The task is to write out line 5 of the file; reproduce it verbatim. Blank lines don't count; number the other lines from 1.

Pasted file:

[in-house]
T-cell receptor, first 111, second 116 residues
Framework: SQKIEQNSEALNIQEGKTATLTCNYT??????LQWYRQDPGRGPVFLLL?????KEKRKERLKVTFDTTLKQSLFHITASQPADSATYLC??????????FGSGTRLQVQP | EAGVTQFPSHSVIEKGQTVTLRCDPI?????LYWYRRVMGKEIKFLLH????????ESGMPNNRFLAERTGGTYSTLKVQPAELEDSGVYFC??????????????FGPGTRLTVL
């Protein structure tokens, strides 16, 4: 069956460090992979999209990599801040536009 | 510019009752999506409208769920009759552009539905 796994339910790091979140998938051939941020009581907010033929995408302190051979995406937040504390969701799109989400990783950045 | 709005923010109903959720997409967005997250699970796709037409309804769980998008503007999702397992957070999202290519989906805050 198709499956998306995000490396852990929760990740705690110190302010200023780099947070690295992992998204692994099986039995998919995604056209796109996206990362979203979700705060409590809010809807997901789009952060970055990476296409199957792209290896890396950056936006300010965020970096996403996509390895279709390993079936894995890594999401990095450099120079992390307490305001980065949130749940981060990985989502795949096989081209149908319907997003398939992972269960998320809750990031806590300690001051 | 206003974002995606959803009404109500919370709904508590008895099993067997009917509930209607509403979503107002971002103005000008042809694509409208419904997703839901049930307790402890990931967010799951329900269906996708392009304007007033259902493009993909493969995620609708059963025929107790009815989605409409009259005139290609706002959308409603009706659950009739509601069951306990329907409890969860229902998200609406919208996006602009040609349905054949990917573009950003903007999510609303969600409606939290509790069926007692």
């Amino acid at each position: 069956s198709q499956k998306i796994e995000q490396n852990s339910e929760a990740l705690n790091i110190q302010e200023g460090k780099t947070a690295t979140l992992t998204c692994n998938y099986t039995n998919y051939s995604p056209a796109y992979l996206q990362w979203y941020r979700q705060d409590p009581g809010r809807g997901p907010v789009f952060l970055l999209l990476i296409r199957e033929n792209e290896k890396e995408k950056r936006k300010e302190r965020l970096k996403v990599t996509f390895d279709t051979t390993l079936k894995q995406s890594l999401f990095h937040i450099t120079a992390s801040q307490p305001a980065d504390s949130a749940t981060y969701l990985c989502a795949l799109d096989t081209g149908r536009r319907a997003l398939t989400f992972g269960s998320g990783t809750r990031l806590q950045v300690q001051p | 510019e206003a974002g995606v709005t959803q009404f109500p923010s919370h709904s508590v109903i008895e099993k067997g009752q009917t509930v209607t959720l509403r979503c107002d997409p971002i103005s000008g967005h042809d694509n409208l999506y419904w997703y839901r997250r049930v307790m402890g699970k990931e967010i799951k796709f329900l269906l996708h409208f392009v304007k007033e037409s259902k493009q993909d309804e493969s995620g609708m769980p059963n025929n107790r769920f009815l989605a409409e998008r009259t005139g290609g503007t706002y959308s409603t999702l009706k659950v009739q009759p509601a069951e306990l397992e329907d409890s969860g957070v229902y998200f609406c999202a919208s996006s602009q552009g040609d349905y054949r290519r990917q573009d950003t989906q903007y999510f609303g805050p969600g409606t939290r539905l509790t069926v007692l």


């Amino acid at each position: 069956s198709q499956k998306i796994e995000q490396n852990s339910e929760a990740l705690n790091i110190q302010e200023g460090k780099t947070a690295t979140l992992t998204c692994n998938y099986t039995n998919y051939s995604p056209a796109y992979l996206q990362w979203y941020r979700q705060d409590p009581g809010r809807g997901p907010v789009f952060l970055l999209l990476i296409r199957e033929n792209e290896k890396e995408k950056r936006k300010e302190r965020l970096k996403v990599t996509f390895d279709t051979t390993l079936k894995q995406s890594l999401f990095h937040i450099t120079a992390s801040q307490p305001a980065d504390s949130a749940t981060y969701l990985c989502a795949l799109d096989t081209g149908r536009r319907a997003l398939t989400f992972g269960s998320g990783t809750r990031l806590q950045v300690q001051p | 510019e206003a974002g995606v709005t959803q009404f109500p923010s919370h709904s508590v109903i008895e099993k067997g009752q009917t509930v209607t959720l509403r979503c107002d997409p971002i103005s000008g967005h042809d694509n409208l999506y419904w997703y839901r997250r049930v307790m402890g699970k990931e967010i799951k796709f329900l269906l996708h409208f392009v304007k007033e037409s259902k493009q993909d309804e493969s995620g609708m769980p059963n025929n107790r769920f009815l989605a409409e998008r009259t005139g290609g503007t706002y959308s409603t999702l009706k659950v009739q009759p509601a069951e306990l397992e329907d409890s969860g957070v229902y998200f609406c999202a919208s996006s602009q552009g040609d349905y054949r290519r990917q573009d950003t989906q903007y999510f609303g805050p969600g409606t939290r539905l509790t069926v007692l």